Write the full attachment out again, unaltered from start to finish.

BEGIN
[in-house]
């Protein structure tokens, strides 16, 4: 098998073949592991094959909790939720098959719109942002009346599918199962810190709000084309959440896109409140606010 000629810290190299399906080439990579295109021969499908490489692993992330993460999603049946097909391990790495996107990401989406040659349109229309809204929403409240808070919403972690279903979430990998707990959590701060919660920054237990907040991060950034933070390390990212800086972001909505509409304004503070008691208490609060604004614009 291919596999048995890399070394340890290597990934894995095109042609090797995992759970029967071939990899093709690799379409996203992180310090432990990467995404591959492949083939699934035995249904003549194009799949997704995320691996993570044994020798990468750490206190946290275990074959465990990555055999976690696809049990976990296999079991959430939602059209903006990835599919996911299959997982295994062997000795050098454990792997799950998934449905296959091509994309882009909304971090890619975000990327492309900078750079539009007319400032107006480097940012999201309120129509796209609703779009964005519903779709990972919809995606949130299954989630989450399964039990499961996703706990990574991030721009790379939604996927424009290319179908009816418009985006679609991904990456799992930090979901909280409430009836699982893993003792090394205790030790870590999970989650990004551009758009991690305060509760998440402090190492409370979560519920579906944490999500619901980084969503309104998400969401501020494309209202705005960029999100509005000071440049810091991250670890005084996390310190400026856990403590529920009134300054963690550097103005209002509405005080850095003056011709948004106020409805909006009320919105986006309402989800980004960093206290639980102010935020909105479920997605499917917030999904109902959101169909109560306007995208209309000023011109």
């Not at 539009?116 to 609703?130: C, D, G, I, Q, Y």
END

[in-house]
């Protein structure tokens, strides 16, 4: 098998073949592991094959909790939720098959719109942002009346599918199962810190709000084309959440896109409140606010 000629810290190299399906080439990579295109021969499908490489692993992330993460999603049946097909391990790495996107990401989406040659349109229309809204929403409240808070919403972690279903979430990998707990959590701060919660920054237990907040991060950034933070390390990212800086972001909505509409304004503070008691208490609060604004614009 291919596999048995890399070394340890290597990934894995095109042609090797995992759970029967071939990899093709690799379409996203992180310090432990990467995404591959492949083939699934035995249904003549194009799949997704995320691996993570044994020798990468750490206190946290275990074959465990990555055999976690696809049990976990296999079991959430939602059209903006990835599919996911299959997982295994062997000795050098454990792997799950998934449905296959091509994309882009909304971090890619975000990327492309900078750079539009007319400032107006480097940012999201309120129509796209609703779009964005519903779709990972919809995606949130299954989630989450399964039990499961996703706990990574991030721009790379939604996927424009290319179908009816418009985006679609991904990456799992930090979901909280409430009836699982893993003792090394205790030790870590999970989650990004551009758009991690305060509760998440402090190492409370979560519920579906944490999500619901980084969503309104998400969401501020494309209202705005960029999100509005000071440049810091991250670890005084996390310190400026856990403590529920009134300054963690550097103005209002509405005080850095003056011709948004106020409805909006009320919105986006309402989800980004960093206290639980102010935020909105479920997605499917917030999904109902959101169909109560306007995208209309000023011109």
């Not at 539009?116 to 609703?130: C, D, G, I, Q, Y």